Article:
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Rep. Todd Rutherford (left) and Luke Rankin (Center) sit on Judicial Merit Selection Commission picking all S.C. Judges

Hundreds of Horry County Residents frustrated with Family Court Judicial system

The Judicial Merit Selection Commission wrapped up meetings this week in Columbia, S.C. The Judicial Merit Selection Commission is an appointed body of the S.C. Legislature and is comprised of S.C. Senators and Representatives. The legislature confirms S.C. Judges and Family Court Judges for the state of S.C.

After we published one former Myrtle Beach woman’s horror story earlier this week, the emails began pouring in. Article found here: https://myrtlebeachsc.com/does-s-c-need-judicial-reform-how-s-c-picks-its-judges/ .

We are sacrificing quality candidates [Judicial Candidates] for expediency,” said Kash Jackson. “How can someone rob you of your children with no evidence? ” Jackson added.

S.C. and Virginia are the only two states in the United States that allow the legislative branch (S.C. Representatives and Senators who are comprised largely of lawyers) to choose judges. As we reported, these same lawyers then try cases in front of these same judges that they themselves appointed.

S.C. Rep. Todd Rutherford (a trial lawyer), puts the burden of Judicial responsibility on the lawyers trying the case.

As former decorated veteran Kash Jackson explains, in the family court system, the judge is simultaneously Judge, Jury and Executioner. These judges are allowed to put parents, who come before the judge in Horry County Family Court, in prison. This, in effect, turns family court into criminal court.

Sadly, due process continues to be a real concern for Horry County residents at large. There are currently 330,000 residents in Horry County. Half of all marriages end in divorce. Family Court is a large operation in Horry County.

Grayson “Kash” Jackson is a United States Navy veteran and libertarian political activist. Jackson grew up in Bossier City, Louisiana. He served in the U.S. Navy for twenty years, retiring as a petty officer first class in August 2016

In September 2016, Kash Jackson founded the parents’ rights organization Restoring Freedom. He had previously spent over $40,000 fighting a custody case (while in service). Jackson began his advocacy with a tour of American cities, beginning in Olympia, Washington and ending in Washington, D.C.

In his activism, Jackson has often spoken while wearing his Navy uniform, and carrying an inverted U.S. flag as a symbol of distress in relation to American civil rights

Jackson wrote the following on his Facebook page wall 2 days ago, this December 4th, 2019.

Please do not ask me for donations this holiday season. I havent seen or spoken to my kids in over a year. Instead of buying them presents I had to pay a nearly $4,000 retainer for a new Guardian Ad Litem since Nicole Slobe of Libertyville failed to conduct any semblance of a thorough investigation. I want one thing for Christmas. To hear my childrens voices. I just spent the American average of one months salary just to try and get a phone call. Now working towards having spent nearly $70,000 on attorneys and approaching $200,000 in total child support. Yep, I’m a dead beat. Beat dead is more like it.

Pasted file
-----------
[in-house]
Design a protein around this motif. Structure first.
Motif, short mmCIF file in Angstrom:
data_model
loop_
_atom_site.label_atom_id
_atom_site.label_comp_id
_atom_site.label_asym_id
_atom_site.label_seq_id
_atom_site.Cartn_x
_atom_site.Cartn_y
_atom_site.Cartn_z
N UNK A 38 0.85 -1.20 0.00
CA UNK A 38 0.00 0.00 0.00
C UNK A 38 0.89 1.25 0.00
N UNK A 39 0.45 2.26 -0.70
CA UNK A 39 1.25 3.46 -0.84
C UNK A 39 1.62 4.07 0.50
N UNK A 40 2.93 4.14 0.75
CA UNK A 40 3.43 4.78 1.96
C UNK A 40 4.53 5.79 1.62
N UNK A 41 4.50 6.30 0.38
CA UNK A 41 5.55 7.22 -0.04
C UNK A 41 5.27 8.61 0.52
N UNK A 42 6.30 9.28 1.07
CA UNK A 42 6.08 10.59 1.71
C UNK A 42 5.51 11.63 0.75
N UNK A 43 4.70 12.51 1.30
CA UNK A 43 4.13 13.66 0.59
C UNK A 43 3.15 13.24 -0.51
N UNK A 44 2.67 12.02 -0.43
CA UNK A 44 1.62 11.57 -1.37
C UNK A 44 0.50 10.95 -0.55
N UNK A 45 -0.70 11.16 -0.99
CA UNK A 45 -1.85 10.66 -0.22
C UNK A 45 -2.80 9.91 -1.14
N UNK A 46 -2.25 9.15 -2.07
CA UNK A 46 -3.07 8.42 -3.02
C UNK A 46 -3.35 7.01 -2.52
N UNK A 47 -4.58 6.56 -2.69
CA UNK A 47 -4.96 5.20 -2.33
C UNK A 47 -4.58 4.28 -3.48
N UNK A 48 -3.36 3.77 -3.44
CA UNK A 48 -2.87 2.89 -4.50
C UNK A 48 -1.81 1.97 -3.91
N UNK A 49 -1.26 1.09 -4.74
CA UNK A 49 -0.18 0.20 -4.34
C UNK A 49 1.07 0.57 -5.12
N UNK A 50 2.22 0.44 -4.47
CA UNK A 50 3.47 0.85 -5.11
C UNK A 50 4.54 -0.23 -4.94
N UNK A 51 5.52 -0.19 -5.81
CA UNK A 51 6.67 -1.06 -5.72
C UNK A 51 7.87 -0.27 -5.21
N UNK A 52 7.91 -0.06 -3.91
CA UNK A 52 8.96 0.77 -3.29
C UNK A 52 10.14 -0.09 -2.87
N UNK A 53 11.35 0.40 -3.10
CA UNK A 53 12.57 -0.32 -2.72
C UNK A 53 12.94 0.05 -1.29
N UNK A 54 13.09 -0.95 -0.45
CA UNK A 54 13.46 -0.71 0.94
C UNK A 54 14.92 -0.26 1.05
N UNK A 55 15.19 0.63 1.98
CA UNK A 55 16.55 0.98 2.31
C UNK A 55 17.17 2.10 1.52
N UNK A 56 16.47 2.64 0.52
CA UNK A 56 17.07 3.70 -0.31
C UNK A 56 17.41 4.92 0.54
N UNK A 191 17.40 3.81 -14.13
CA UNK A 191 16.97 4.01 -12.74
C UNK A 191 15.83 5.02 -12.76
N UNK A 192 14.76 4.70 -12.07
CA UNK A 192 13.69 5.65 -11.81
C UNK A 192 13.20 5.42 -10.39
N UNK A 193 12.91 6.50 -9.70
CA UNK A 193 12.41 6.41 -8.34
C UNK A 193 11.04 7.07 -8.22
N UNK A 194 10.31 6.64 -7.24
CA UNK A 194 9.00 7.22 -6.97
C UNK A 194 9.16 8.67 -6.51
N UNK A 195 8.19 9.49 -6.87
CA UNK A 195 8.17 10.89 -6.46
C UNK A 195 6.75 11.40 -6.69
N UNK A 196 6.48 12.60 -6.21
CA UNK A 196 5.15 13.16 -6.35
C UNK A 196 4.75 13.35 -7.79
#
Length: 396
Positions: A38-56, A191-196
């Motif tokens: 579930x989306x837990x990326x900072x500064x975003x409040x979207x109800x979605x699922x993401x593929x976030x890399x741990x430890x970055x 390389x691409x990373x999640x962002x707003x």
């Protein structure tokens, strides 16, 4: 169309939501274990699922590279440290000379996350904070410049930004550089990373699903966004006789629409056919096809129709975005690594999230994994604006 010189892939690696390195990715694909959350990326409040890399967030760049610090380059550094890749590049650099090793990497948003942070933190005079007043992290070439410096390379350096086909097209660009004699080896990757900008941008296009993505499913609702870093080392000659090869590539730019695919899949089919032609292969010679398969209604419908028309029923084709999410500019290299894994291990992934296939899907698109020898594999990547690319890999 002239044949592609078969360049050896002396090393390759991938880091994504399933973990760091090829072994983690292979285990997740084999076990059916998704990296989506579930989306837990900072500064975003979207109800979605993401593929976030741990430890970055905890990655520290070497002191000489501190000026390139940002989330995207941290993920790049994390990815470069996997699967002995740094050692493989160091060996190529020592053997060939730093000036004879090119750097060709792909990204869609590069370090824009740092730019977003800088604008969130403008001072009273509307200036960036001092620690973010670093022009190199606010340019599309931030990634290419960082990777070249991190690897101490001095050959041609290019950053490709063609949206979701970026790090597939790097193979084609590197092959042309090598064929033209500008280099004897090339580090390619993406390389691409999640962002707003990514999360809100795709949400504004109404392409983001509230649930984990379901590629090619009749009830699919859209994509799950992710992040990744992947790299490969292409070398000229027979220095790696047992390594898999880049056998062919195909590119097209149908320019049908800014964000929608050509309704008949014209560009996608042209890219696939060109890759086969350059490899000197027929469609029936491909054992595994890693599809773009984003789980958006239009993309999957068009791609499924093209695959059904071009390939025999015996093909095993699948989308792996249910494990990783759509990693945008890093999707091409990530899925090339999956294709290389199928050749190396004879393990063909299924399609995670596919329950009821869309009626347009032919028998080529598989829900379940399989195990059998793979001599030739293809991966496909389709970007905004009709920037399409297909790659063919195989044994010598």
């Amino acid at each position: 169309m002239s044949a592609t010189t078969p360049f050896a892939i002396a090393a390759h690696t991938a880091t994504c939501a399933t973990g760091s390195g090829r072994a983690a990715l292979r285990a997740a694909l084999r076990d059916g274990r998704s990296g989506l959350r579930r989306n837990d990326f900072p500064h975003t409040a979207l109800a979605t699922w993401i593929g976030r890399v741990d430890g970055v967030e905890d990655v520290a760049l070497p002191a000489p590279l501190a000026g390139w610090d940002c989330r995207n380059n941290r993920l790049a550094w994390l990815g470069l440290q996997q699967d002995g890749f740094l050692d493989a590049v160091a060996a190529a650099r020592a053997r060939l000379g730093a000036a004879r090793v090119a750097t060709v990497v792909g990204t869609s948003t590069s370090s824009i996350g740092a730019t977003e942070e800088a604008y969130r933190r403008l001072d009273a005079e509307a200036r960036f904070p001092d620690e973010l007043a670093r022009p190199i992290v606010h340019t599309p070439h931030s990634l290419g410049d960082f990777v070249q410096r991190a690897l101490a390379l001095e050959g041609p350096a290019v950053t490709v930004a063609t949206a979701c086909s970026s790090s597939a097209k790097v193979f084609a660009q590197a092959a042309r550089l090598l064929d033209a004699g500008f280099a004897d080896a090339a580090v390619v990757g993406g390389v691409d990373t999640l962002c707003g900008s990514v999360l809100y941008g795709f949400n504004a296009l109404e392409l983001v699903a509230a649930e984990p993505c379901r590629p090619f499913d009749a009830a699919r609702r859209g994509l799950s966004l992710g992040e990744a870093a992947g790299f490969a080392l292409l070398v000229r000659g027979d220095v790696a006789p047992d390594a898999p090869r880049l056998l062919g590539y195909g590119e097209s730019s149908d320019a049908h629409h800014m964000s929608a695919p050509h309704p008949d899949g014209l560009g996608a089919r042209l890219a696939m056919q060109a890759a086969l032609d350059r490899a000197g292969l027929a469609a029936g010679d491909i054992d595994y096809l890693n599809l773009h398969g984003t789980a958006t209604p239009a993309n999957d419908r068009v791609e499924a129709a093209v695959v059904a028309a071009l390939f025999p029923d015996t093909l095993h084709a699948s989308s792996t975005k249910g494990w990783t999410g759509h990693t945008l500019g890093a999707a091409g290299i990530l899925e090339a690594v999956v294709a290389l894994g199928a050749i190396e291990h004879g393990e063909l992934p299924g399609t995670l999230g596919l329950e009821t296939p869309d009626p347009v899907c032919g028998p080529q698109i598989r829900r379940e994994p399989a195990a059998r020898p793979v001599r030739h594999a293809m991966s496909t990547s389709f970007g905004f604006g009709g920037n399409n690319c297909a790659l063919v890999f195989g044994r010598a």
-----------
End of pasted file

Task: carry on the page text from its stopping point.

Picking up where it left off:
1. No charges
2. No convictions
3. No crimes

If a 20 year Navy veteran who held a Top Secret clearance has to spend this just to be a dad, what do you think happens to someone with a murkier past. You wanna know why dads walk away. This is why. But the attorneys will say 50/50 will increase cost and litigation. I say bullcrap. You’re buying your kids brand new IPhones and sending them to Ivy League schools while we are breaking our backs to just not be completely erased.

FYI. The beautiful lady in the picture is my fiance, not the mother of my kids.

Some Graphic language. Please turn on volume to hear sound

Kash Jackson with children

According to Balletopedia:

Methods of judicial selection vary substantially across the United States.  Though each state has a unique set of guidelines governing how they fill their state and local judiciaries, there are five main methods:

  • Partisan elections: Judges are elected by the people, and candidates are listed on the ballot alongside a label designating political party affiliation.
  • Nonpartisan elections: Judges are elected by the people, and candidates are listed on the ballot without a label designating party affiliation.
  • Legislative elections: Judges are selected by the state legislature. *Virginia, S.C.
  • Gubernatorial appointment: Judges are appointed by the governor. In some cases, approval from the legislative body is required.
  • Assisted appointment, also known as merit selection or the Missouri Plan: A nominating commission reviews the qualifications of judicial candidates and submits a list of names to the governor, who appoints a judge from the list. After serving an initial term, the judge must be confirmed by the people in a yes-no retention election to remain on the court.



About David Hucks

Born in 1961, David is a 12th generation descendant of the area we now call Myrtle Beach, S.C. David attended Coastal Carolina University and like most of his family, has never left the area.David is the lead journalist at MyrtleBeachSC.com

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